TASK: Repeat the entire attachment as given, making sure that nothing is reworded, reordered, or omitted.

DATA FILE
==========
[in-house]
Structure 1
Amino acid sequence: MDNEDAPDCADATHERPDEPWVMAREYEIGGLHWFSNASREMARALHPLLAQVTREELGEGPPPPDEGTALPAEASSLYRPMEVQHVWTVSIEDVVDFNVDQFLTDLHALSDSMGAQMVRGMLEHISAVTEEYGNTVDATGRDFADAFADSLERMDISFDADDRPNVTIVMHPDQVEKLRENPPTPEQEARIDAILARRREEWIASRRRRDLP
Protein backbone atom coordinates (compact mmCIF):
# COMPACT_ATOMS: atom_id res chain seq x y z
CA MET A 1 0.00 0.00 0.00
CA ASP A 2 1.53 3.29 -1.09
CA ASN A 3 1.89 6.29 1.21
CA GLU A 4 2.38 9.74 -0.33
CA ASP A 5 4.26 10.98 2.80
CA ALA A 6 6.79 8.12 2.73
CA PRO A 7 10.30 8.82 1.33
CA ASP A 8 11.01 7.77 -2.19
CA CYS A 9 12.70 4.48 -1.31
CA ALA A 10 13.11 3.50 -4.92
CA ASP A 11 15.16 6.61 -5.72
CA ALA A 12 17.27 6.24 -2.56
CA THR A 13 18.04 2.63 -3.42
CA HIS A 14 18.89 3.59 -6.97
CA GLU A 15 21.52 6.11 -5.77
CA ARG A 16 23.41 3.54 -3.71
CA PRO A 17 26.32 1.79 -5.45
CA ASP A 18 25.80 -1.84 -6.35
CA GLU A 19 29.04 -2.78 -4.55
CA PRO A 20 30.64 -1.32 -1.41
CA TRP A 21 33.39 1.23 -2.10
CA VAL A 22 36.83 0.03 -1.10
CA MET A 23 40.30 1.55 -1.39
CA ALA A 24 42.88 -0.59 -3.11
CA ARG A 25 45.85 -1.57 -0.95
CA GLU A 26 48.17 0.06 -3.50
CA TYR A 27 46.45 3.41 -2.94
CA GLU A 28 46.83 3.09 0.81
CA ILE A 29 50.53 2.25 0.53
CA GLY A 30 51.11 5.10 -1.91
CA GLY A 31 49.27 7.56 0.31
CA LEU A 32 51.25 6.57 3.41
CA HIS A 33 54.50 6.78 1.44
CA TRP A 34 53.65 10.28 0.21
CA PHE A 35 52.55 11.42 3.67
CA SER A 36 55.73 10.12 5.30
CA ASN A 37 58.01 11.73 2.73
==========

[in-house]
Structure 1
Amino acid sequence: MDNEDAPDCADATHERPDEPWVMAREYEIGGLHWFSNASREMARALHPLLAQVTREELGEGPPPPDEGTALPAEASSLYRPMEVQHVWTVSIEDVVDFNVDQFLTDLHALSDSMGAQMVRGMLEHISAVTEEYGNTVDATGRDFADAFADSLERMDISFDADDRPNVTIVMHPDQVEKLRENPPTPEQEARIDAILARRREEWIASRRRRDLP
Protein backbone atom coordinates (compact mmCIF):
# COMPACT_ATOMS: atom_id res chain seq x y z
CA MET A 1 0.00 0.00 0.00
CA ASP A 2 1.53 3.29 -1.09
CA ASN A 3 1.89 6.29 1.21
CA GLU A 4 2.38 9.74 -0.33
CA ASP A 5 4.26 10.98 2.80
CA ALA A 6 6.79 8.12 2.73
CA PRO A 7 10.30 8.82 1.33
CA ASP A 8 11.01 7.77 -2.19
CA CYS A 9 12.70 4.48 -1.31
CA ALA A 10 13.11 3.50 -4.92
CA ASP A 11 15.16 6.61 -5.72
CA ALA A 12 17.27 6.24 -2.56
CA THR A 13 18.04 2.63 -3.42
CA HIS A 14 18.89 3.59 -6.97
CA GLU A 15 21.52 6.11 -5.77
CA ARG A 16 23.41 3.54 -3.71
CA PRO A 17 26.32 1.79 -5.45
CA ASP A 18 25.80 -1.84 -6.35
CA GLU A 19 29.04 -2.78 -4.55
CA PRO A 20 30.64 -1.32 -1.41
CA TRP A 21 33.39 1.23 -2.10
CA VAL A 22 36.83 0.03 -1.10
CA MET A 23 40.30 1.55 -1.39
CA ALA A 24 42.88 -0.59 -3.11
CA ARG A 25 45.85 -1.57 -0.95
CA GLU A 26 48.17 0.06 -3.50
CA TYR A 27 46.45 3.41 -2.94
CA GLU A 28 46.83 3.09 0.81
CA ILE A 29 50.53 2.25 0.53
CA GLY A 30 51.11 5.10 -1.91
CA GLY A 31 49.27 7.56 0.31
CA LEU A 32 51.25 6.57 3.41
CA HIS A 33 54.50 6.78 1.44
CA TRP A 34 53.65 10.28 0.21
CA PHE A 35 52.55 11.42 3.67
CA SER A 36 55.73 10.12 5.30
CA ASN A 37 58.01 11.73 2.73